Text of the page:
Karl Rahner

Portrait of Rahner by L. M. Cremer Karl Rahner (5 March 1904 – 30 March 1984) was a German Jesuit priest and theologian who, alongside Henri de Lubac, Hans Urs von Balthasar, and Yves Congar, is considered to be one of the most influential Roman Catholic theologians of the 20th century. He was the brother of Hugo Rahner, also a Jesuit scholar.

Rahner was born in Freiburg, at the time a part of the Grand Duchy of Baden, a state of the German Empire; he died in Innsbruck, Austria.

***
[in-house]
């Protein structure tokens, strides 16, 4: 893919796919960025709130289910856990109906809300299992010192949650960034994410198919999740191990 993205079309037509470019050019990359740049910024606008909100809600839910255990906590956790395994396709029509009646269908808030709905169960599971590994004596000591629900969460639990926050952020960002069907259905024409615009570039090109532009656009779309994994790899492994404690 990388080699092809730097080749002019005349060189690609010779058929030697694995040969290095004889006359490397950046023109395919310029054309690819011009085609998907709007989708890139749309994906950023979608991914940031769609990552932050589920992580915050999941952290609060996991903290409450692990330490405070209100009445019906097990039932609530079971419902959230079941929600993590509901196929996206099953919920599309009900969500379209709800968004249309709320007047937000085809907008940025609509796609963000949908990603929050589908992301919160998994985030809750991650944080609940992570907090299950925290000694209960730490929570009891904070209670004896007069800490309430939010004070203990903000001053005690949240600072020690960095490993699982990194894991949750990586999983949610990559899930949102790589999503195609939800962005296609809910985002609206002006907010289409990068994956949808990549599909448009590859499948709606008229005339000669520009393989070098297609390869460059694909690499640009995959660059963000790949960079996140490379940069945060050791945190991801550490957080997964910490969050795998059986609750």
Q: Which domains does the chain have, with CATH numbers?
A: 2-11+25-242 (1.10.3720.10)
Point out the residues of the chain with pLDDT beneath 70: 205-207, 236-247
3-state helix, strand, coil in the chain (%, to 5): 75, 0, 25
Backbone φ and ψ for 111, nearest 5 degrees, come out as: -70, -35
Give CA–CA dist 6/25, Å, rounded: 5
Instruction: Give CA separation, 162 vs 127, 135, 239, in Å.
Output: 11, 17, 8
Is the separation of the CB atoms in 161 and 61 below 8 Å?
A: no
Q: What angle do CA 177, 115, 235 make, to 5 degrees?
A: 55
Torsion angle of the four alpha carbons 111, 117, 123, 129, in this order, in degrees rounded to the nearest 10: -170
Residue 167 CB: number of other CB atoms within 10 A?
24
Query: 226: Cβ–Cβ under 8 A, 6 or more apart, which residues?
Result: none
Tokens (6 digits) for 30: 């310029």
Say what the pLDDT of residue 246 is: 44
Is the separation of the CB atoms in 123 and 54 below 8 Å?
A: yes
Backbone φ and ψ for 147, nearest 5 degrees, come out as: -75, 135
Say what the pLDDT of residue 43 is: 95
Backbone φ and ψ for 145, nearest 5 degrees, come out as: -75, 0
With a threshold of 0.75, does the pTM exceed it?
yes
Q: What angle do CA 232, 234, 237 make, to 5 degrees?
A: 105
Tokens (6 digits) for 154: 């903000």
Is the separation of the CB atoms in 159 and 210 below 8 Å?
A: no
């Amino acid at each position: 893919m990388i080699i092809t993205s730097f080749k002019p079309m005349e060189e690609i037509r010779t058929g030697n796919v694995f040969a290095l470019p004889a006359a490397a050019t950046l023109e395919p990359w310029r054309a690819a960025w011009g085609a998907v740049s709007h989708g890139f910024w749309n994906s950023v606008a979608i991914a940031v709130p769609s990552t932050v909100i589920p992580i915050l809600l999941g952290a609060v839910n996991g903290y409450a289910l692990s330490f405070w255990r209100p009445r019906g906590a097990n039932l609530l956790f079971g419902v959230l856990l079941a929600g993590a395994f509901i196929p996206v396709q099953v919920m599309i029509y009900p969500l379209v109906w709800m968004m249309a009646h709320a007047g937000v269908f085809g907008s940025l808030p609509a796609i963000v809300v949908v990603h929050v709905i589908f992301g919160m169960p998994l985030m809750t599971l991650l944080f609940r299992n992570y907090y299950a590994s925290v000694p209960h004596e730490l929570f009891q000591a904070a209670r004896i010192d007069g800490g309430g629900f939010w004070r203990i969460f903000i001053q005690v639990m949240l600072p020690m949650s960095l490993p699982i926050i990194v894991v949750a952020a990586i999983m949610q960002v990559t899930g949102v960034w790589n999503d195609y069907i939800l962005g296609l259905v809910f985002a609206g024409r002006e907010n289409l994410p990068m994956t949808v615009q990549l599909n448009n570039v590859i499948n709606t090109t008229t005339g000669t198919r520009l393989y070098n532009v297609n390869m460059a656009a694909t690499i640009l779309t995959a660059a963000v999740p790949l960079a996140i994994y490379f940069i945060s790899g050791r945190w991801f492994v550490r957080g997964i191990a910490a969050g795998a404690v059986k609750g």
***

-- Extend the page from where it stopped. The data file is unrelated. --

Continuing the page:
Before the Second Vatican Council, Rahner worked alongside Yves Congar, Henri de Lubac, and Marie-Dominique Chenu, theologians associated with the emerging school of theological thought known as Nouvelle Théologie. Some elements of Nouvelle Théologie were condemned in the encyclical ''Humani generis'' by Pope Pius XII. The Second Vatican Council was influenced by Rahner's theology and his understanding of Catholic faith. Provided by Wikipedia
Showing 1 - 4 results of 4 for search 'Rahner, Karl 1904-1984', query time: 0.03s Refine Results